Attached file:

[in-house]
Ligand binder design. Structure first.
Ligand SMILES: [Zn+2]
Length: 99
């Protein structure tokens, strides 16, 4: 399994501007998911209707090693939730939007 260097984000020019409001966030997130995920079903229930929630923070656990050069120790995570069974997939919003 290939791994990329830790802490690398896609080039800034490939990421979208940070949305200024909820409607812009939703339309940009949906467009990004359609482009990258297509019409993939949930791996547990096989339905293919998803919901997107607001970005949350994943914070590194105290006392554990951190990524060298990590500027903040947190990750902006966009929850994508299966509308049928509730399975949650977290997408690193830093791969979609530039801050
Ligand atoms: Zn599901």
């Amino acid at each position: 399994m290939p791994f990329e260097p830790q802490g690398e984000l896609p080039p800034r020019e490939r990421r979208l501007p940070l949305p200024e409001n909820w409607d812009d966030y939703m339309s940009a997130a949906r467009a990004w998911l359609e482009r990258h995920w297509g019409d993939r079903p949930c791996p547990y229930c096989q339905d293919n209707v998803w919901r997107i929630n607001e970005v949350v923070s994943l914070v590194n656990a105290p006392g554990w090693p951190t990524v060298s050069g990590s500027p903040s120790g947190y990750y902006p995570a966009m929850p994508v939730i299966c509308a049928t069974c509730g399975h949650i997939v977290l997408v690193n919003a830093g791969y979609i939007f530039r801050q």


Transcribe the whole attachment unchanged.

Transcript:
[in-house]
Ligand binder design. Structure first.
Ligand SMILES: [Zn+2]
Length: 99
């Protein structure tokens, strides 16, 4: 399994501007998911209707090693939730939007 260097984000020019409001966030997130995920079903229930929630923070656990050069120790995570069974997939919003 290939791994990329830790802490690398896609080039800034490939990421979208940070949305200024909820409607812009939703339309940009949906467009990004359609482009990258297509019409993939949930791996547990096989339905293919998803919901997107607001970005949350994943914070590194105290006392554990951190990524060298990590500027903040947190990750902006966009929850994508299966509308049928509730399975949650977290997408690193830093791969979609530039801050
Ligand atoms: Zn599901």
């Amino acid at each position: 399994m290939p791994f990329e260097p830790q802490g690398e984000l896609p080039p800034r020019e490939r990421r979208l501007p940070l949305p200024e409001n909820w409607d812009d966030y939703m339309s940009a997130a949906r467009a990004w998911l359609e482009r990258h995920w297509g019409d993939r079903p949930c791996p547990y229930c096989q339905d293919n209707v998803w919901r997107i929630n607001e970005v949350v923070s994943l914070v590194n656990a105290p006392g554990w090693p951190t990524v060298s050069g990590s500027p903040s120790g947190y990750y902006p995570a966009m929850p994508v939730i299966c509308a049928t069974c509730g399975h949650i997939v977290l997408v690193n919003a830093g791969y979609i939007f530039r801050q």